Manchester, England quintet Five Eyes boasts members that played in Cyril Snear, Trojan Horse and Sphelm. For this group, and their debut release Shirley Bassey Lungs, the band (Mike McKnight, Freddie Baker, Nicholas Mark Roe, Tim Powell and Darryll Clarkson) tried to rein in some of their technical playing history, aiming for, as they tell us, “a rhythmic sensibility that’s less about wrong-footing the listener with math-rock flexing, and more about potent grooves and counterpoint.”
They’ve hit that mark with this EP. But don’t despair, math- and prog-rock fans: this isn’t a three-chords-only record. Each of the four songs has multiple sections and textures, and there’s plenty of technical, tight playing to slake your thirst. Generally, there’s always one part that’s anticipating the downbeat (the vocals in “Orwellian Sex Dreams” or the piano in “Double Barrel Cure”), which helps to propel the music, and gives the listener a sense of an odder meter than the band’s actually using.
Melodically, Five Eyes has crafted purposefully accessible songs. They include repeated motifs and counterpoints, leaning a little towards pop in places. McKnight admits that he’s opened his ears to “much more melody and simplicity”, and it shows in the songwriting. It’s tough to walk the genre-crossover line, but Five Eyes does it here quite skillfully. Shirley Bassey Lungs would be a fine album to introduce math-rock to a pop-rock fan, and vice versa. “Nocebo,” for instance, starts as a slow soul ballad with breathy, almost falsetto vocals; later sections pick up the tempo and include hints of math-rock in the guitar figures. Or try “Orwellian Sex Dreams,” which is a trance-y, three-four-time in-your-face nightmare of a dream with a cracking drum pattern and keyboards that add just the right amount of extra tension.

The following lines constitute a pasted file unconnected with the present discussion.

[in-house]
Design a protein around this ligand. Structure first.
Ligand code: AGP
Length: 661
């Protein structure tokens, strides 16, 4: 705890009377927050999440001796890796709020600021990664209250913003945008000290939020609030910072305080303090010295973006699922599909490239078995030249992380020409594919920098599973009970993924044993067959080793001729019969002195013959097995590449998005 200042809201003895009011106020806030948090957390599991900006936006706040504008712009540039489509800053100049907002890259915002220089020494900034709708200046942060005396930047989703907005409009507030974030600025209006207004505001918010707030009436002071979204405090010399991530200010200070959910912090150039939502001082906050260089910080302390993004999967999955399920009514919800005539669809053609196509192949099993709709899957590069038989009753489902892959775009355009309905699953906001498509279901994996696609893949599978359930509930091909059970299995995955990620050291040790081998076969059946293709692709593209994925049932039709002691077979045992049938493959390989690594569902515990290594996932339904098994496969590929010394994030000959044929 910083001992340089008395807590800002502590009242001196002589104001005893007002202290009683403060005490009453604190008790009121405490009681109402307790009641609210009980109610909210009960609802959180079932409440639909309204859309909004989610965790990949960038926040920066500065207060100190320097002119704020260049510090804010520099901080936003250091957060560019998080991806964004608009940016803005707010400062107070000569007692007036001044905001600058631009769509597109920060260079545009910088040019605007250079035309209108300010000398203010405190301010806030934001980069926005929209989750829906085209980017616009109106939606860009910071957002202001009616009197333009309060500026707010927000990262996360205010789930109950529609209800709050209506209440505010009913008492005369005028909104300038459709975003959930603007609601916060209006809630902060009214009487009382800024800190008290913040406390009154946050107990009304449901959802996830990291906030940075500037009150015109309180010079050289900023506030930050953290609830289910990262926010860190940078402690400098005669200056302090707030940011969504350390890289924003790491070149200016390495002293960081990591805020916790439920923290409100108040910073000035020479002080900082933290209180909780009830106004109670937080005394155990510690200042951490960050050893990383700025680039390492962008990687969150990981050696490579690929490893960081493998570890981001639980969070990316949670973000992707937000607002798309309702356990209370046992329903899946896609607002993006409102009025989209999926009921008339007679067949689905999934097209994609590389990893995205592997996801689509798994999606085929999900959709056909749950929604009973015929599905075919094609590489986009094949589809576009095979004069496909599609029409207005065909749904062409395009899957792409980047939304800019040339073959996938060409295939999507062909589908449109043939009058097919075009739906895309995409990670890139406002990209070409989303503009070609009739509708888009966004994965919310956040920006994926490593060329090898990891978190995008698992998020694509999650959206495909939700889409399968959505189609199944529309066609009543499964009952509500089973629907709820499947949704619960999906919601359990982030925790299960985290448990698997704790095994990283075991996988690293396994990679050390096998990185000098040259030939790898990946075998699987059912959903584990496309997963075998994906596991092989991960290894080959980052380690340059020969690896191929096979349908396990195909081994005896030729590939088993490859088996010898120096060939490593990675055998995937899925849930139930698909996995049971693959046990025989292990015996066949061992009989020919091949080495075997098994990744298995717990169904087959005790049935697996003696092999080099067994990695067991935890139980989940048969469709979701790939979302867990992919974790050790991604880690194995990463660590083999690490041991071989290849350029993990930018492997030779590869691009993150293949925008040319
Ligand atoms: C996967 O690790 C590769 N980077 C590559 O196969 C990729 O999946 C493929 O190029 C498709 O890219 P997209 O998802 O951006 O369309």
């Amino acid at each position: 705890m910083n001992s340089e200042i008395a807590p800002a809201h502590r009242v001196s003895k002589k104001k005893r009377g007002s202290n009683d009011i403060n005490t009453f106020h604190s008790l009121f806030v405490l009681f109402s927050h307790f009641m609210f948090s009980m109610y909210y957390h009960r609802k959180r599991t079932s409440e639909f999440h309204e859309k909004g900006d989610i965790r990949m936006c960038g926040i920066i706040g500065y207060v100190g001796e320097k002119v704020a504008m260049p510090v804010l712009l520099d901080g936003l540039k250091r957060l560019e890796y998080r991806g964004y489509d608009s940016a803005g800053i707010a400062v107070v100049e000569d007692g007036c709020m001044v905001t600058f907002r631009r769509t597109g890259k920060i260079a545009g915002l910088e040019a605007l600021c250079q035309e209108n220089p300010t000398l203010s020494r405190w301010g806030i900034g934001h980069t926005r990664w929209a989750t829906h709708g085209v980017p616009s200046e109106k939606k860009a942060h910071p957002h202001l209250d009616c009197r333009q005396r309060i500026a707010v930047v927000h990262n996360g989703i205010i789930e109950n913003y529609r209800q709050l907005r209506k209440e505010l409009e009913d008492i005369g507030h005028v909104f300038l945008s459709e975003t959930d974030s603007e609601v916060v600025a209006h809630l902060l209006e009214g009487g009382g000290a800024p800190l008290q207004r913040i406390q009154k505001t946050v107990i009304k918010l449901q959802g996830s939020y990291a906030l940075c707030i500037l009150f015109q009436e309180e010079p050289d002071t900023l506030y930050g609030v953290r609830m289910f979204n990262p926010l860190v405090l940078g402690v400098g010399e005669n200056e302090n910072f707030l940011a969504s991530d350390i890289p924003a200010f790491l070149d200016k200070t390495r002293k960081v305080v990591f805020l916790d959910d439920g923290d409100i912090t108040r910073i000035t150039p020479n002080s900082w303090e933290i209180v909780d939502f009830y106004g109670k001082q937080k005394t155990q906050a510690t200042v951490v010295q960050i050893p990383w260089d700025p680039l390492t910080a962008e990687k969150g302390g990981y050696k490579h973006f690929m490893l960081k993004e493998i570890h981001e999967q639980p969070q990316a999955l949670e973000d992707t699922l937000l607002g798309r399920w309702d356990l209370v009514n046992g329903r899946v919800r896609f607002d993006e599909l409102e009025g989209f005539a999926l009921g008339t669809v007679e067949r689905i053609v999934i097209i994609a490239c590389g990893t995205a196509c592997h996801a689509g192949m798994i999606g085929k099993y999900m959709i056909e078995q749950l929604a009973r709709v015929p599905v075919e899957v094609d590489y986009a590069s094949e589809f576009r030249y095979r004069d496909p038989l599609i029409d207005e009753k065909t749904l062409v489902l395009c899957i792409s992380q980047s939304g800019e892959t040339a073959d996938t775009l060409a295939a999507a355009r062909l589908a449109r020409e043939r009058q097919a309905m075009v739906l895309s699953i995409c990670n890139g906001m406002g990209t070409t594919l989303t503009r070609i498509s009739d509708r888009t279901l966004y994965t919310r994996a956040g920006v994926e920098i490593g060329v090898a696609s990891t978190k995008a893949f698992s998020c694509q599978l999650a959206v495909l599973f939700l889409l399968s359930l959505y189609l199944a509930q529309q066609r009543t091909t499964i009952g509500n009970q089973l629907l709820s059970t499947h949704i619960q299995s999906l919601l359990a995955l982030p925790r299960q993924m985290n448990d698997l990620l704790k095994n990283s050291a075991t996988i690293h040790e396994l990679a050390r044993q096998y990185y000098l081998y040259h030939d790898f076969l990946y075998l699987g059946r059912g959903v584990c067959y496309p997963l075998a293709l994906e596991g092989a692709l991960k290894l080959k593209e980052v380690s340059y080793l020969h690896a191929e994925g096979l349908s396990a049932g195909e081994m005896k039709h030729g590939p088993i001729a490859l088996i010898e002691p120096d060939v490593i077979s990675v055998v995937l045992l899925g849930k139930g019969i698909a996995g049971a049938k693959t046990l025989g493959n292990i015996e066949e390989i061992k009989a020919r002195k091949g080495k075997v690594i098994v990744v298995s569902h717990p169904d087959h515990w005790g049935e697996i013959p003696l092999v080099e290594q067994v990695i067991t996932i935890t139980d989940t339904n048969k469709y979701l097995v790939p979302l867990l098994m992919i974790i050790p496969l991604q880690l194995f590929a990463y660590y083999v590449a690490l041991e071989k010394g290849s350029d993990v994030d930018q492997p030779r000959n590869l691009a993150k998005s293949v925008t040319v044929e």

That track concludes with “to get to the truth, you gotta follow the money.” Political themes interweave throughout the lyrics. McKnight’s written: “In the absence of context it's easy to assume / The crumbling palace of / Democracy” and “They’ve made it easy for you to sell / Your double-barrel cure / Less liberty / More weaponry.” Interestingly, this was all written and recorded in 2019--this is not a 2020 reaction, but rather something longer-standing. The album concludes on a high note, though, as we’re encouraged to “dance with abandon.”
Shirley Bassey Lungs is a well-done EP, and the band walks the line between technicality and pop beautifully. Breathe in deep and give it a spin!
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